McDonald’s new Loop HQ builds on historic film site

What was once a sprawling 88,000-sq. ft. building, with a storied film history at 1058 W. Washington, will become McDonald’s massive 608,000-sq. ft. Chicago headquarters, when the new construction is completed by spring 2018 at an estimated cost of $250 million.

The Chicago Plan Commission unanimously approved the developers’ request to increase the site’s density. The City Council’s stamp of approval is required to finalize the deal, according to Crain’s Chicago Business.

Owned by realty developer Sterling Bay, the two-building complex will stand nine stories tall, bigger than the original plans that called for a structure more than 300,000-sq. ft. on 3.5 acres.

McDonald’s, with some 2,000 corporate employees, announced its move to the Loop after a 40 year tenancy in its Oak Brook headquarters. The chain reportedly had investigated several downtown office possibilities before settling on what was famously known as the Harpo Studios campus. The studio of 47 years will be demolished for the new glass structure.

Harpo StudiosMcDonald’s new downtown address will be a short cab ride over from whichever global holding company — either Leo Burnett/Publicis or DDB/Omnicom –- will end up being the sole, all-encompassing agency for the giant chain that spends nearly an estimated $1 billion to drive customers into its 36,000 stores in 119 countries.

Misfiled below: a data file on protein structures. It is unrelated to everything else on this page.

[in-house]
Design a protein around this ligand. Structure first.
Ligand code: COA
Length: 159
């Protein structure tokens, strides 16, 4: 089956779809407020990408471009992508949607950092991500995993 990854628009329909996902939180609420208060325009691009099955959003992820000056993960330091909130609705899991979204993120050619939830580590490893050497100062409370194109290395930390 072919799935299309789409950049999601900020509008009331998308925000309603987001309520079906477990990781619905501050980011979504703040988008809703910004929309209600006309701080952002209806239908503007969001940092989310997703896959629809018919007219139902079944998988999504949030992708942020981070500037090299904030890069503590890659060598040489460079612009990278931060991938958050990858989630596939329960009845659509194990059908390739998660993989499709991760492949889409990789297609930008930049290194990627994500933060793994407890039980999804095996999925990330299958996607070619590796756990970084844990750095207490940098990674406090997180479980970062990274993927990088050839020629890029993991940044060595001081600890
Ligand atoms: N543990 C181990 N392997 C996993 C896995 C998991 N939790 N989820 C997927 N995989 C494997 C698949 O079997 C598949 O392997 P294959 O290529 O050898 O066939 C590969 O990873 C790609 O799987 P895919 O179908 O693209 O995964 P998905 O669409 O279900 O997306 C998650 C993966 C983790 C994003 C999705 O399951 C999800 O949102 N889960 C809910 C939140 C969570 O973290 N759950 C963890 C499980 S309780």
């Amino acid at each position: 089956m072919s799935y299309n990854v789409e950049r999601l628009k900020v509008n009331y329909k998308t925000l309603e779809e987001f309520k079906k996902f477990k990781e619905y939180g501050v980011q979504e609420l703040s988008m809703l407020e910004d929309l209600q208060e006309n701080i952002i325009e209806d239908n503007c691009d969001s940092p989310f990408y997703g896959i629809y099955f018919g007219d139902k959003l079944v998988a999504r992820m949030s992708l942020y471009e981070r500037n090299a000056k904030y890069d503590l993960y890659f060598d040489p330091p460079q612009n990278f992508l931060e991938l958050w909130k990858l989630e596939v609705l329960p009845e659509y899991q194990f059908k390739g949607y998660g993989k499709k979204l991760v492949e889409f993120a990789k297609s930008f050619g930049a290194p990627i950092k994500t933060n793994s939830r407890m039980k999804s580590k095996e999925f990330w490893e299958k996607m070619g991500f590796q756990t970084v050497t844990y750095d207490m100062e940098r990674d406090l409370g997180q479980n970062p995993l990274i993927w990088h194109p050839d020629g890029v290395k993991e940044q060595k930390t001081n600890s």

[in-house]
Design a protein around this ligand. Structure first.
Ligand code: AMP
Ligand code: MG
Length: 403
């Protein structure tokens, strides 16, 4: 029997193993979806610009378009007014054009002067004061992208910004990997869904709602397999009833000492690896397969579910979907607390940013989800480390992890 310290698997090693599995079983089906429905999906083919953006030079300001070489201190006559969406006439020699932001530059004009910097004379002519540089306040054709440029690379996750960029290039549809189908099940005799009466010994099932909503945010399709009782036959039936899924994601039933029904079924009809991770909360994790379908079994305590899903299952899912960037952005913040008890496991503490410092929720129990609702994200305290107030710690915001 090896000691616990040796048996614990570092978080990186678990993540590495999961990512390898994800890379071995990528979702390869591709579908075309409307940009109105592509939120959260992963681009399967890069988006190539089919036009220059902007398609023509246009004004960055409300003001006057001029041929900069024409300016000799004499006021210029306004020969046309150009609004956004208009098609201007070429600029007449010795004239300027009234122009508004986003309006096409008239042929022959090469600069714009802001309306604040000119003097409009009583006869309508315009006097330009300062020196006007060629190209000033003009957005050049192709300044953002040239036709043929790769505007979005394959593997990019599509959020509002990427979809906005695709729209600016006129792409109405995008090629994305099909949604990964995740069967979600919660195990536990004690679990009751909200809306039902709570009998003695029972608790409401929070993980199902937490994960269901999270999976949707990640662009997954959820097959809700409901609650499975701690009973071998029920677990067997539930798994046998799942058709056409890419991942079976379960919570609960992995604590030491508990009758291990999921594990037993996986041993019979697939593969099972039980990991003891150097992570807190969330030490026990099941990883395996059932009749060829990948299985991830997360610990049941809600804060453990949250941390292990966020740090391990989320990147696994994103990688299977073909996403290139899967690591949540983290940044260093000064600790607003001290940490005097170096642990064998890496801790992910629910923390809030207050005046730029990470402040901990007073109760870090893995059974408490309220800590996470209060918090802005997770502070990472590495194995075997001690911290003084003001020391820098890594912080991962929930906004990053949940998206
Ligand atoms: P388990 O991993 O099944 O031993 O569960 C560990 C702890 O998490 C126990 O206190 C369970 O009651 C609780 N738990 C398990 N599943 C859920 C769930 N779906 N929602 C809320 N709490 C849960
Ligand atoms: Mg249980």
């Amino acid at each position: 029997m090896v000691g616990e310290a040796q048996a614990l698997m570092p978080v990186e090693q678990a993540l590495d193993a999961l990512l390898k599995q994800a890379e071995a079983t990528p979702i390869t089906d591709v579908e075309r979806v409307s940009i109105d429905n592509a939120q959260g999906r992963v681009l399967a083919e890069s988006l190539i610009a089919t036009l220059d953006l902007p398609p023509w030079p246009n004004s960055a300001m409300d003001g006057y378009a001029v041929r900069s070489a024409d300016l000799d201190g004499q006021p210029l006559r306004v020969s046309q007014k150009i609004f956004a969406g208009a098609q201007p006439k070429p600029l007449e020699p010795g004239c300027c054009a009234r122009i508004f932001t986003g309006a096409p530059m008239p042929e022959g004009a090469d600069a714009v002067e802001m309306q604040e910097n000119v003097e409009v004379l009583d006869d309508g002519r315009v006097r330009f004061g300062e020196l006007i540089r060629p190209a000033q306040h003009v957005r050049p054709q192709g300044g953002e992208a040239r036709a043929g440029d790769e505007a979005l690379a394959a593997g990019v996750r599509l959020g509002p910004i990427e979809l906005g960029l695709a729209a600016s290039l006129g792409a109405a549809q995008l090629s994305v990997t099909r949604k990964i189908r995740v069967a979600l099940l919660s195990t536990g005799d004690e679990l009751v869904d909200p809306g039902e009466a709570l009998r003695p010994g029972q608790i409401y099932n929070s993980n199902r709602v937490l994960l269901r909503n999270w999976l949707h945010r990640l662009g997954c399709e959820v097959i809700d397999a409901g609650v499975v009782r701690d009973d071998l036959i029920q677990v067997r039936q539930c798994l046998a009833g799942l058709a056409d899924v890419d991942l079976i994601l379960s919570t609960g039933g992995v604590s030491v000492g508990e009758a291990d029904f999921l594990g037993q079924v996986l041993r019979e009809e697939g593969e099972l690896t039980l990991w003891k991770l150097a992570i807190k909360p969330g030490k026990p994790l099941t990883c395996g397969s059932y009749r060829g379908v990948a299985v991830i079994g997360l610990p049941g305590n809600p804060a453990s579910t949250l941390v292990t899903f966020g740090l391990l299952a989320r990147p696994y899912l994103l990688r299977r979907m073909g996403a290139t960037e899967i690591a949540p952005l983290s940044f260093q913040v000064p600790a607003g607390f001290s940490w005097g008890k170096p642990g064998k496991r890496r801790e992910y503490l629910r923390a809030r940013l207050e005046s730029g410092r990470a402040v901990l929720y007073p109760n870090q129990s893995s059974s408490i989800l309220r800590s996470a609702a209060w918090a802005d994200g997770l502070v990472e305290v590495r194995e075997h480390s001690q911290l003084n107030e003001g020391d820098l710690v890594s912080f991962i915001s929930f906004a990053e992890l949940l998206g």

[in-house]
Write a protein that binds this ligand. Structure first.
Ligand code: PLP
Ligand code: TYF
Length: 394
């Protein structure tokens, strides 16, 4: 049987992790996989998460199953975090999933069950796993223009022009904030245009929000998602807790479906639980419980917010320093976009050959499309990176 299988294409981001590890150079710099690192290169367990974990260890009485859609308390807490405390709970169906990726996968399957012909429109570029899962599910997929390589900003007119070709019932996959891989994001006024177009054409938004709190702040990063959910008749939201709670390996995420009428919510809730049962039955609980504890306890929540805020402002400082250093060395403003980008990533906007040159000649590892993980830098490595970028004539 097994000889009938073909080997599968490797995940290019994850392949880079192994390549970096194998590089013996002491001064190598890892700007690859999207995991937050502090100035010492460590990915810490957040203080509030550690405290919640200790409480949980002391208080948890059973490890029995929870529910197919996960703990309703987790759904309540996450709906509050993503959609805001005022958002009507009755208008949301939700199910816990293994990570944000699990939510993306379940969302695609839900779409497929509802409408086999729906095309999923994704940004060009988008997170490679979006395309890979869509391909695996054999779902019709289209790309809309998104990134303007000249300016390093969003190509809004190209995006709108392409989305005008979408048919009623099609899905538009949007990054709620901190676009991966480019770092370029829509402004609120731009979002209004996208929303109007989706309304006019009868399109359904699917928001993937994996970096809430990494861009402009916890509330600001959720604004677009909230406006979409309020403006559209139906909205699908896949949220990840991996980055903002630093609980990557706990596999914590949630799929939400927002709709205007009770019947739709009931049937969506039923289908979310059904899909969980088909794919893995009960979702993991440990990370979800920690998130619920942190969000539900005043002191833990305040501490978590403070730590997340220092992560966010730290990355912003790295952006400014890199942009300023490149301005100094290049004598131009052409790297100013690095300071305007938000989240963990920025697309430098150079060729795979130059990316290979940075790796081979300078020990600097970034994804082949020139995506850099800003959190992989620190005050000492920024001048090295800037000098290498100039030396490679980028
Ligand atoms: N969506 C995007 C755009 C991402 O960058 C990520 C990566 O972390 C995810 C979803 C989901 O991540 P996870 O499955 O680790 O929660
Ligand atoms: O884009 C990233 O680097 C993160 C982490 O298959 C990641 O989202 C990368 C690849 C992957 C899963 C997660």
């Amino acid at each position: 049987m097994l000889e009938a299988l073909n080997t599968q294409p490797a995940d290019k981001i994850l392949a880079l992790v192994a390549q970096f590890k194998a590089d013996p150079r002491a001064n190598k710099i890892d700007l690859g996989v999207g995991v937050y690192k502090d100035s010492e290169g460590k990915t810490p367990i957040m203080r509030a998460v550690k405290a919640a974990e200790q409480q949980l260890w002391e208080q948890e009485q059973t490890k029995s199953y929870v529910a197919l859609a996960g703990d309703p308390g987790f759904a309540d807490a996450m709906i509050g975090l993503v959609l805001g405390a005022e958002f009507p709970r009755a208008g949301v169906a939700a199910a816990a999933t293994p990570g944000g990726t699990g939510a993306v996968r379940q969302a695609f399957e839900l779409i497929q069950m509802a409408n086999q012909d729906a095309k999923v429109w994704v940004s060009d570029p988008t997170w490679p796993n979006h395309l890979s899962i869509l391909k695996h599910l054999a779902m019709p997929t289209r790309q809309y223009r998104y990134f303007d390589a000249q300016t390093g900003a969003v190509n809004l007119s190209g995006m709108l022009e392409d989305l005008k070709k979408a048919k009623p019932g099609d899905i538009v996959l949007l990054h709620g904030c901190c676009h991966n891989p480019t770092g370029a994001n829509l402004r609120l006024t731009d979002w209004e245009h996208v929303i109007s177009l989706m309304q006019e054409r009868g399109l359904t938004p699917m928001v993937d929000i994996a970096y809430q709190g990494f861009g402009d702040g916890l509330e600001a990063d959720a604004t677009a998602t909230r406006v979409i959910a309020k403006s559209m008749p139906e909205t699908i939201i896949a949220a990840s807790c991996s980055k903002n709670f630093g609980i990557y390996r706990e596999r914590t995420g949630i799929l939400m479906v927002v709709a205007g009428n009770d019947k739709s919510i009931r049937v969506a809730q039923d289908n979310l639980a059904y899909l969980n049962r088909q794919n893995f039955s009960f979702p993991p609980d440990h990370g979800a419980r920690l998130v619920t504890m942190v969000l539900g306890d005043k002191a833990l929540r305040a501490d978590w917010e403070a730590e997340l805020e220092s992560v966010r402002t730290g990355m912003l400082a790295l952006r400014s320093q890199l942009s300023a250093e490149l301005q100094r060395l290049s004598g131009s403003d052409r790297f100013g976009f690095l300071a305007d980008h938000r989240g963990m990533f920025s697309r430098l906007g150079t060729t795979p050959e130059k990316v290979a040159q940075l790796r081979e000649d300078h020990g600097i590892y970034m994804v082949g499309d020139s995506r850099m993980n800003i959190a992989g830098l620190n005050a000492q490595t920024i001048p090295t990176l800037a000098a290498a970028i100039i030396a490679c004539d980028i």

A corporate announcement anointing of the new agency is expected shortly.

The building’s lengthy history as a continuous film production center dates back to 1958 when ambitious producer Fred A. Niles converted the 1940s roller skating rink and former armory into a thriving full-service, Hollywood-like complete three-stage studio that he ran for 34 years.

After Niles’ death in 1983, a former congressman and his union leader-partner owned the studio by default and operated it, unsuccessfully, until Oprah Winfrey and partners came along. They purchased it for $474 million in 1988 and invested another $5.25 million for rehabbing and state-of-the-art equipment to create Harpo Studios.

Oprah and her key people departed Chicago for Los Angeles in 2011 to start her own cable network OWN. The last of Harpo’s 200 employees dispersed last December.

Built in 1915 as a cold storage warehouse, the building was historically noted for having been used as a temporary morgue after the Eastland boat disaster. Over the years of Harpo ownership, ghostly sightings of Eastland victims were frequently reported.